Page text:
(His original M.C. was Gazetted on 1st January 1917 without citation. Therefore, the action for which it was awarded
Born on 12th June 1887 in Stretford, Manchester to James Henry Marshall (Ireland) and Mary, nee Walmsley (Lancashire).
He was actually called Neville by his family, presumably to prevent confusion seeing as his father's name was James.
The family (including 5 siblings) moved to Oxford Road, Acocks Green, Yardley, Birmingham in 1894 where he initially attended Wellesbourne House School.
He won a scholarship to King Edward VI Grammar School, Camp Hill, Birmingham where he remained until March 1902 when he left, probably for family financial reasons. He became a clerk at the Birmingham and Midland Institute and later worked in the Medical Faculty of the University of Birmingham in a clerical capacity.
Whilst in Birmingham he studied veterinary practice.
Neville Marshall moved to Harlow, Essex around 1910 and whilst working as a veterinarian, mainly with horses, met and married Infant school teacher Edith Mary (Maud) Taylor on 20th September 1911.
At the time of his death, Neville and Edith resided at Lascelles Lodge, Matching Green, Harlow.
On 30th April 1919, in the Ballroom at Buckingham Palace, his widow was presented with his Victoria Cross by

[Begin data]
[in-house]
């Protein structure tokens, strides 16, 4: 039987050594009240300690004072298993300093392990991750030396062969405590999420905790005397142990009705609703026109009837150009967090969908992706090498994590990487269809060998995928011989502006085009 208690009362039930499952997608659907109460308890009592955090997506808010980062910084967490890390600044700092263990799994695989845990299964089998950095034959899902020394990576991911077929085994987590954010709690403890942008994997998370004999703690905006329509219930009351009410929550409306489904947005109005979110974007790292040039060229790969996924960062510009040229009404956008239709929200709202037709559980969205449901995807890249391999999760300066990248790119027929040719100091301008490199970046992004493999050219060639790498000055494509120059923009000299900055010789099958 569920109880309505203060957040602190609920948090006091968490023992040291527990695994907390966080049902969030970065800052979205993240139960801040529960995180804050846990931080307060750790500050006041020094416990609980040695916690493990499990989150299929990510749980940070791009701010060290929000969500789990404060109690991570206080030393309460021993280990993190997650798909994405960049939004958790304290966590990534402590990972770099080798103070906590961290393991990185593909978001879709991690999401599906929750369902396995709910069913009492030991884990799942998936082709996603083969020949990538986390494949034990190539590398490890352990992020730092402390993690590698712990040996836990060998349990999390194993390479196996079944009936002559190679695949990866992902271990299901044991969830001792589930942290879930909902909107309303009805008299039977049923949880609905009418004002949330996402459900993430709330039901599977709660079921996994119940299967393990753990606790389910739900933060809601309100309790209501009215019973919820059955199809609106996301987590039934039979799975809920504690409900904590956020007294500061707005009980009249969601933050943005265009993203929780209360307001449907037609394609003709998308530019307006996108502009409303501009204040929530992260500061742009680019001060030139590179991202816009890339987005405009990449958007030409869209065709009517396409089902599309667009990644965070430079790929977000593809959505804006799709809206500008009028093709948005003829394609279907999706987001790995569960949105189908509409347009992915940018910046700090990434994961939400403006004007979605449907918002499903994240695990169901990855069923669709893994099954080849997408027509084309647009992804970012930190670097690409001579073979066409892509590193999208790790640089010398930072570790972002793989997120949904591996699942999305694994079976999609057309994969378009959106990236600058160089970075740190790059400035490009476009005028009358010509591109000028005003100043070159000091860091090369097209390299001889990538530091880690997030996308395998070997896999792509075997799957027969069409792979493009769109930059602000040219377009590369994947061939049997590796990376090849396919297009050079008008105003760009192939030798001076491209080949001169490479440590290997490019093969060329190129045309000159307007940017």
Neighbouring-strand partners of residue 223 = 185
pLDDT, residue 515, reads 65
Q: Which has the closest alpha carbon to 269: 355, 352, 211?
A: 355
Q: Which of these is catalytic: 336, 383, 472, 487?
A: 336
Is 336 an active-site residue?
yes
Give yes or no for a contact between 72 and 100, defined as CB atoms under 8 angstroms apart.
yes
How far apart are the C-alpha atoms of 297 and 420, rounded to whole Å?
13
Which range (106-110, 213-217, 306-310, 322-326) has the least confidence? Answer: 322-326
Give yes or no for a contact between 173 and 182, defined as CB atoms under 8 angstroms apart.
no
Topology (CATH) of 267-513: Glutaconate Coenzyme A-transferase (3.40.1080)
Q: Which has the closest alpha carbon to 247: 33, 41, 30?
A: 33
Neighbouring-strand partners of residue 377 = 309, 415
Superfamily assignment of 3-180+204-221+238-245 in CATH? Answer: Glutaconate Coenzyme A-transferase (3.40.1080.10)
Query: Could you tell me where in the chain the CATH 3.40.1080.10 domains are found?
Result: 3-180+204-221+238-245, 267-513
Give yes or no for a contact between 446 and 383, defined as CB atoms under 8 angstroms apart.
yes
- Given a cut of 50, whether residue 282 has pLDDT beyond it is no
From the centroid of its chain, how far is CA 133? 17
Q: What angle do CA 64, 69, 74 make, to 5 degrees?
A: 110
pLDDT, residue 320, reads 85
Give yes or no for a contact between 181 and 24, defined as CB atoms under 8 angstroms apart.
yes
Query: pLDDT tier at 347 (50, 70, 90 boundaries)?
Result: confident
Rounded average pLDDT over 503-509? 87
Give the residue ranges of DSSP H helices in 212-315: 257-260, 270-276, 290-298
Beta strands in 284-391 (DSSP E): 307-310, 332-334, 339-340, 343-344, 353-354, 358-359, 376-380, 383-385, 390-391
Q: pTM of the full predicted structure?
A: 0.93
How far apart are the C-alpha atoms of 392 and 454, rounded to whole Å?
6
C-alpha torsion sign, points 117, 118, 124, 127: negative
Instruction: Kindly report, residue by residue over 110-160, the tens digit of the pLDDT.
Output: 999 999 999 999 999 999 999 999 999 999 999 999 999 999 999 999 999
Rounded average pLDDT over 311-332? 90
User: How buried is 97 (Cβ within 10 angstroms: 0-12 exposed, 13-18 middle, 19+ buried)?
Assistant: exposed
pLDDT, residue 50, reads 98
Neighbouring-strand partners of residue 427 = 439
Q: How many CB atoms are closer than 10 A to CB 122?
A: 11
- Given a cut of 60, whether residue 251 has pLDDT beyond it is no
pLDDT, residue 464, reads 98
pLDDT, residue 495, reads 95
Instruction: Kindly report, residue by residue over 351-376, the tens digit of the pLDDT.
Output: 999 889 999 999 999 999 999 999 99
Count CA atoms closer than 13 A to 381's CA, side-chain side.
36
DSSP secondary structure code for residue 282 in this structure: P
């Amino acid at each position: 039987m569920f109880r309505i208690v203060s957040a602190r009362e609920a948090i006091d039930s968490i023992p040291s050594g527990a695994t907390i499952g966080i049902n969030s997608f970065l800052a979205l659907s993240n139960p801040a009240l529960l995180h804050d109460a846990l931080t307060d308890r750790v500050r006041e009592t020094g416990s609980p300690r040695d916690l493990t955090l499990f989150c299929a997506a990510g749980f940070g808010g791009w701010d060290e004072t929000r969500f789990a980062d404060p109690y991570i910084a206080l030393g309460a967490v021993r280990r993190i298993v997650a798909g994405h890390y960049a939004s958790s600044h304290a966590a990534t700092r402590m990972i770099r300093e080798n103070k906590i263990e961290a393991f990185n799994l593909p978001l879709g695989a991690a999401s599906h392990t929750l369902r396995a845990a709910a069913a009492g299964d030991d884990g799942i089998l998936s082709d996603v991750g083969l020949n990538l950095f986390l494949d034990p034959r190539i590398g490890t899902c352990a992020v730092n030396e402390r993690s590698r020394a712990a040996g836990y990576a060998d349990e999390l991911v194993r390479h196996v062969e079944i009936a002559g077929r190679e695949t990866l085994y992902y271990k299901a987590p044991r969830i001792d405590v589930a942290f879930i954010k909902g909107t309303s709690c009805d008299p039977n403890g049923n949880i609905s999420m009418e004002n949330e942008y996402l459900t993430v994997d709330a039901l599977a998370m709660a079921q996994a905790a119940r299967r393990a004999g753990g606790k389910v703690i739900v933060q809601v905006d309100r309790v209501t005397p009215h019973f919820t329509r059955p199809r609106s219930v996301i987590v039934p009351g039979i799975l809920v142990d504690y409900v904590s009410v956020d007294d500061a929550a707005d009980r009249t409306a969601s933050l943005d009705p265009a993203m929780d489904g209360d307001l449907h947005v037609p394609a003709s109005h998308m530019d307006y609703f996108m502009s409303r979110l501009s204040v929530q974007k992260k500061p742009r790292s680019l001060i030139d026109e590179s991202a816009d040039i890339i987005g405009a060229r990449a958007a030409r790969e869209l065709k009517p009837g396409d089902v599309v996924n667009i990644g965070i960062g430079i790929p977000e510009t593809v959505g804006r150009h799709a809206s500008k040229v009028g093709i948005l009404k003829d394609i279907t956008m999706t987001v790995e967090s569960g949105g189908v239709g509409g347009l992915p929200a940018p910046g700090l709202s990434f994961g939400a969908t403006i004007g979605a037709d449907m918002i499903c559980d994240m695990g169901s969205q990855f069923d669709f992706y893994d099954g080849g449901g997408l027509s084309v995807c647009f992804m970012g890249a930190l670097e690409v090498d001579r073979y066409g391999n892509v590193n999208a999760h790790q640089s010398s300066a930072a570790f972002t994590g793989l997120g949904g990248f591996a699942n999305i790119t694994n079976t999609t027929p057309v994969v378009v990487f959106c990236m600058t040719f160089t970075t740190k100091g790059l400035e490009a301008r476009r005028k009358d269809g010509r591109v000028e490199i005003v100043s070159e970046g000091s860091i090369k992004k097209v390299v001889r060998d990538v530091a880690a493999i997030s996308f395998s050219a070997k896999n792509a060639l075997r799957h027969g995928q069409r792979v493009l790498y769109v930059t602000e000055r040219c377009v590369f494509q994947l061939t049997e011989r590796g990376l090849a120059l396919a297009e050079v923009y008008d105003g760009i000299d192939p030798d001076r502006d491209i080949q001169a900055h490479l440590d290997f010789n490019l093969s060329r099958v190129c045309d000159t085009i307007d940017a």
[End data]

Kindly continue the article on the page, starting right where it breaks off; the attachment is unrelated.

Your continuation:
His Majesty the King George V
Lt Col. James Neville Marshall is commemorated in both the St.Mary’s Church, Churchgate Street and Old Harlow Baptists' Church, Fore Street on their memorials to the fallen of Harlow.
In 1998, Arthur S. Graham researched, wrote and published a well detailed book entitled: James Neville Marshall V.C., M.C. & BAR.
A copy of the book was eventually traced and located in Harlow Town Library and is available to view via the link below:-
CLICK HERE to access the book James Neville Marshall V.C. M.C. & BAR by Arthur S. Graham in Adobe .pdf format.
CLICK HERE for the corrections page published in 1999
If you are unable to view the book you may need to download Adobe Acrobat Reader - CLICK HERE to download for free.
A new book on Lt Col. Marshall is planned which will incorporate information from numerous books, booklets and
internet websites that have been published in relation to V.C. recipients during WWI.
For additional information on Lt Col. James Neville Marshall CLICK HERE
Lt. Col James Neville Marshall
V.C. M.C. & Bar
16th Bn Lancashire Fusiliers
Killed in Action
4th November 1918, aged 31
Gravestone at Ors Communal Cemetery (France) with the following inscription:
SLENDID IS DEATH
WHEN THOU FALLEST COURAGOUS
LEADING THE ONSLAUGHT
Hall of Memory
For additional details of other Harlow men who gave their lives, click on the names below...
Royal Navy - First Class Boy
Royal Navy - Telegraphist
119th Royal Field Artillery - 2nd Lieutenant
Rifle Brigade - 2nd Lieutenant
DEATH IS SWALLOWED UP IN VICTORY